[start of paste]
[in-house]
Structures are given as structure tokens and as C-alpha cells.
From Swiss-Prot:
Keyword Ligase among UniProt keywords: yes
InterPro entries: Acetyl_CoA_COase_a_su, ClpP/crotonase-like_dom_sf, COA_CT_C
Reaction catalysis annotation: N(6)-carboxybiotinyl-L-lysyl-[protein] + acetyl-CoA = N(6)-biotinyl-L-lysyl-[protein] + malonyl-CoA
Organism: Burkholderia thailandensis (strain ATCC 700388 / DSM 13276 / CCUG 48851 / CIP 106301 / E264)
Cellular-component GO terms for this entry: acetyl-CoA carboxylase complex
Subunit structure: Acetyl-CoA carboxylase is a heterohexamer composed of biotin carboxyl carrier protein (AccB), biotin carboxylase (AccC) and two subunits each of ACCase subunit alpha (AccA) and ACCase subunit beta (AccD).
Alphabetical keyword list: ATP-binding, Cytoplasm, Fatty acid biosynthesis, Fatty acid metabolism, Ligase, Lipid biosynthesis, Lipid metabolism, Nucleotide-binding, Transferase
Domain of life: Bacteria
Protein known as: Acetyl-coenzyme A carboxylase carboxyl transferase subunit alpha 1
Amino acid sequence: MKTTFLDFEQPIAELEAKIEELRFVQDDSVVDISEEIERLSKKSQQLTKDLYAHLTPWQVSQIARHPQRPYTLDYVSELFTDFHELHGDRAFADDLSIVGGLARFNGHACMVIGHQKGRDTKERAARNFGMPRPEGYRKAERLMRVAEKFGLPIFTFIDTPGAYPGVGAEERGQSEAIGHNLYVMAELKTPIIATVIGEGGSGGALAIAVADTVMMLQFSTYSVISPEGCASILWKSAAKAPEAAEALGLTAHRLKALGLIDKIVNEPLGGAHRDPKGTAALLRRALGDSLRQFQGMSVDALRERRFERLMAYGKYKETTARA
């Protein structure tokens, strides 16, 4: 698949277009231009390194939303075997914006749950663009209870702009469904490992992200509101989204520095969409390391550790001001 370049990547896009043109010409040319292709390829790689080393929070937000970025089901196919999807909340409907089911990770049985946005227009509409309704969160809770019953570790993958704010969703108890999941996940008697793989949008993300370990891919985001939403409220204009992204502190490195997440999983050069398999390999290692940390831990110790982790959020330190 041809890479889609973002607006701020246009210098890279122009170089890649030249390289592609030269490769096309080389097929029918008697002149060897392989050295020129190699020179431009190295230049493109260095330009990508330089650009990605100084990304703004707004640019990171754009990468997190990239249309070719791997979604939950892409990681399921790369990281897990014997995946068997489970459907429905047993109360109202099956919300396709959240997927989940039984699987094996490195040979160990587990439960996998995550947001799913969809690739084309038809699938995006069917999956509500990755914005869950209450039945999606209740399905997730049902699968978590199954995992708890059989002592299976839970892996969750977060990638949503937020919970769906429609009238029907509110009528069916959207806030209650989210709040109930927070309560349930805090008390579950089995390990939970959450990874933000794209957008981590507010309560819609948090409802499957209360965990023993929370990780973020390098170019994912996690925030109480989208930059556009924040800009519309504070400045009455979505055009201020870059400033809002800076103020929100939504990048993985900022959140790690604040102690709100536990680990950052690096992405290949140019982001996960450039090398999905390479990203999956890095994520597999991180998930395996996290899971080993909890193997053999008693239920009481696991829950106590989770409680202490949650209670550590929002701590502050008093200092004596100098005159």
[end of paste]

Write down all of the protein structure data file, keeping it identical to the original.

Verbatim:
[in-house]
Structures are given as structure tokens and as C-alpha cells.
From Swiss-Prot:
Keyword Ligase among UniProt keywords: yes
InterPro entries: Acetyl_CoA_COase_a_su, ClpP/crotonase-like_dom_sf, COA_CT_C
Reaction catalysis annotation: N(6)-carboxybiotinyl-L-lysyl-[protein] + acetyl-CoA = N(6)-biotinyl-L-lysyl-[protein] + malonyl-CoA
Organism: Burkholderia thailandensis (strain ATCC 700388 / DSM 13276 / CCUG 48851 / CIP 106301 / E264)
Cellular-component GO terms for this entry: acetyl-CoA carboxylase complex
Subunit structure: Acetyl-CoA carboxylase is a heterohexamer composed of biotin carboxyl carrier protein (AccB), biotin carboxylase (AccC) and two subunits each of ACCase subunit alpha (AccA) and ACCase subunit beta (AccD).
Alphabetical keyword list: ATP-binding, Cytoplasm, Fatty acid biosynthesis, Fatty acid metabolism, Ligase, Lipid biosynthesis, Lipid metabolism, Nucleotide-binding, Transferase
Domain of life: Bacteria
Protein known as: Acetyl-coenzyme A carboxylase carboxyl transferase subunit alpha 1
Amino acid sequence: MKTTFLDFEQPIAELEAKIEELRFVQDDSVVDISEEIERLSKKSQQLTKDLYAHLTPWQVSQIARHPQRPYTLDYVSELFTDFHELHGDRAFADDLSIVGGLARFNGHACMVIGHQKGRDTKERAARNFGMPRPEGYRKAERLMRVAEKFGLPIFTFIDTPGAYPGVGAEERGQSEAIGHNLYVMAELKTPIIATVIGEGGSGGALAIAVADTVMMLQFSTYSVISPEGCASILWKSAAKAPEAAEALGLTAHRLKALGLIDKIVNEPLGGAHRDPKGTAALLRRALGDSLRQFQGMSVDALRERRFERLMAYGKYKETTARA
């Protein structure tokens, strides 16, 4: 698949277009231009390194939303075997914006749950663009209870702009469904490992992200509101989204520095969409390391550790001001 370049990547896009043109010409040319292709390829790689080393929070937000970025089901196919999807909340409907089911990770049985946005227009509409309704969160809770019953570790993958704010969703108890999941996940008697793989949008993300370990891919985001939403409220204009992204502190490195997440999983050069398999390999290692940390831990110790982790959020330190 041809890479889609973002607006701020246009210098890279122009170089890649030249390289592609030269490769096309080389097929029918008697002149060897392989050295020129190699020179431009190295230049493109260095330009990508330089650009990605100084990304703004707004640019990171754009990468997190990239249309070719791997979604939950892409990681399921790369990281897990014997995946068997489970459907429905047993109360109202099956919300396709959240997927989940039984699987094996490195040979160990587990439960996998995550947001799913969809690739084309038809699938995006069917999956509500990755914005869950209450039945999606209740399905997730049902699968978590199954995992708890059989002592299976839970892996969750977060990638949503937020919970769906429609009238029907509110009528069916959207806030209650989210709040109930927070309560349930805090008390579950089995390990939970959450990874933000794209957008981590507010309560819609948090409802499957209360965990023993929370990780973020390098170019994912996690925030109480989208930059556009924040800009519309504070400045009455979505055009201020870059400033809002800076103020929100939504990048993985900022959140790690604040102690709100536990680990950052690096992405290949140019982001996960450039090398999905390479990203999956890095994520597999991180998930395996996290899971080993909890193997053999008693239920009481696991829950106590989770409680202490949650209670550590929002701590502050008093200092004596100098005159």